New York CIty Council Member Ben Kallos

Crain's New York So much development drama in quiet Sutton Place by Tom Acitelli

So much development drama in quiet Sutton Place

sutton-place

The Sutton Place neighborhood has long been viewed as a peaceful and affluent enclave in bustling Manhattan. And its residents have not taken kindly to developers trying to cash in on that reputation.

When Sheldon Solow opened a 42-story, 234-unit apartment tower at 420 E. 61st St. at the start of the century, he encountered opposition to the building's name: 1 Sutton Place North. A community group considered the building a couple of blocks too far uptown to claim the neighborhood moniker, which dates back to a brownstone development in the 1870s. But times have changed. Many of those original Sutton Place townhouses are gone—razed or converted—while Solow's project is still standing and has retained its title. The developer even built a twin around the corner, dubbed 2 Sutton Place North.

Solow's towers stretched the nominal borders of the East Side enclave. Now a planned development, Sutton 58, is seeking to push the neighborhood's vertical boundaries.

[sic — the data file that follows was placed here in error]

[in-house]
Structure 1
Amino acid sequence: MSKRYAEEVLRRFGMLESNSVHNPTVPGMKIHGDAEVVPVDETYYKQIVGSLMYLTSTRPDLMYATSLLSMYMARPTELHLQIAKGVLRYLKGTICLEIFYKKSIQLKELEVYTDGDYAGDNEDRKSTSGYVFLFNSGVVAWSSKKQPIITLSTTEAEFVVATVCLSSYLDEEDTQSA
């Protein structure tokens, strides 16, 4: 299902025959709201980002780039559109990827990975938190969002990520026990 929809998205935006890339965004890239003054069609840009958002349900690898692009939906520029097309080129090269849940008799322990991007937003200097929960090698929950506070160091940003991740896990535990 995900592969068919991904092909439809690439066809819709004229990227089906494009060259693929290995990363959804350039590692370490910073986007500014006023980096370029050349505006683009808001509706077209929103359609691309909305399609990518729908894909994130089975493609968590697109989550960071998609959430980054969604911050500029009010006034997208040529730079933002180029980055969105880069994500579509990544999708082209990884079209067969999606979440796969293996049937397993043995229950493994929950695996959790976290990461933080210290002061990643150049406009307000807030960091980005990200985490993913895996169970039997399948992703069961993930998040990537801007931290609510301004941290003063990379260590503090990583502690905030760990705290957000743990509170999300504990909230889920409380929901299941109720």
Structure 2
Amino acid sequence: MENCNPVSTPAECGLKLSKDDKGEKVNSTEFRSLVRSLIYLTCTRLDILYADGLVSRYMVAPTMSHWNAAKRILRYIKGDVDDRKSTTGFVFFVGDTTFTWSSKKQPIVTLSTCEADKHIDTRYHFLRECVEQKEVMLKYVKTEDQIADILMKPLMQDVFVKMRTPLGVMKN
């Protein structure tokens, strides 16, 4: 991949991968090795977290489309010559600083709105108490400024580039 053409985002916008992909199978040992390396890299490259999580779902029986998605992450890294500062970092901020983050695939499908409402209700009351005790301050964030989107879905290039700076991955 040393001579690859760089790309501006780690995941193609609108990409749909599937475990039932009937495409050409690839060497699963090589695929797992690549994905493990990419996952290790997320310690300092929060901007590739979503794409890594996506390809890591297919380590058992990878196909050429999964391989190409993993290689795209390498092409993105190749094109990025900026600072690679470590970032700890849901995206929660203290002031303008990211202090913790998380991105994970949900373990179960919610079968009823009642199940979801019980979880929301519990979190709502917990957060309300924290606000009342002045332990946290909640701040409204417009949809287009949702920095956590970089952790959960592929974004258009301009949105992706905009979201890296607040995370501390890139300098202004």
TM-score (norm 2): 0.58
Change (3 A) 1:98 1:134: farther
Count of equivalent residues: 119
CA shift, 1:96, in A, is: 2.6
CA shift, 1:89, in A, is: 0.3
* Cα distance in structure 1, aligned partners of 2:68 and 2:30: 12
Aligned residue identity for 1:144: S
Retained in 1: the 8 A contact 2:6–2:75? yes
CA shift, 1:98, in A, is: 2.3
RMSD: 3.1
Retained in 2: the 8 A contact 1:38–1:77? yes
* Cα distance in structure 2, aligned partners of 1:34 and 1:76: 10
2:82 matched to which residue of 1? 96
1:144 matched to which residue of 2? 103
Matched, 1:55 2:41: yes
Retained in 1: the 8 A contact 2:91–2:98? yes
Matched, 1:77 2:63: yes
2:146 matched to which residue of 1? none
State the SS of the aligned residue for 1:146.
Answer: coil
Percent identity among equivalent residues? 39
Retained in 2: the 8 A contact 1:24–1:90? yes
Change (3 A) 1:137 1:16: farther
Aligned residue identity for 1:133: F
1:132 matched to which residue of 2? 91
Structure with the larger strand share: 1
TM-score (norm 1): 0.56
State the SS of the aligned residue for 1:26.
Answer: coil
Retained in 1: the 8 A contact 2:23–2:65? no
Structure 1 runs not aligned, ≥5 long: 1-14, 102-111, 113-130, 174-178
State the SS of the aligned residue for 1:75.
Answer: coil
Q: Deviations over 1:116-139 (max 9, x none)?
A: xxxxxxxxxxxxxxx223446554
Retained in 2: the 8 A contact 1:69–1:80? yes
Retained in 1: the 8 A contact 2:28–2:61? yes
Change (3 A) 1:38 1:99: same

The 800-foot luxury condominium project at 430 E. 58th St. would replace a collection of low-rise apartment buildings. If completed, it will be nearly twice as tall as any other building in the neighborhood. Opponents are fighting to keep that from happening, however.

The project has a tortured history that began in 2015, when Connecticut developer Joseph Beninati bought a run of small apartment buildings and filed plans for a 950-foot condo tower. He later lost the site to lender Gamma Real Estate, led by Richard Kalikow.

During the protracted foreclosure process, a neighborhood group aligned with City Councilman Ben Kallos was able to gain approval for a rezoning that prohibited such a large structure there. Because Gamma had not started work on the 800-foot tower before the rezoning, Sutton 58 appeared to be kaput. But in late June, a city board granted the project an exemption. Now Gamma is building, and the neighborhood group is planning to sue.

Get the popcorn ready.

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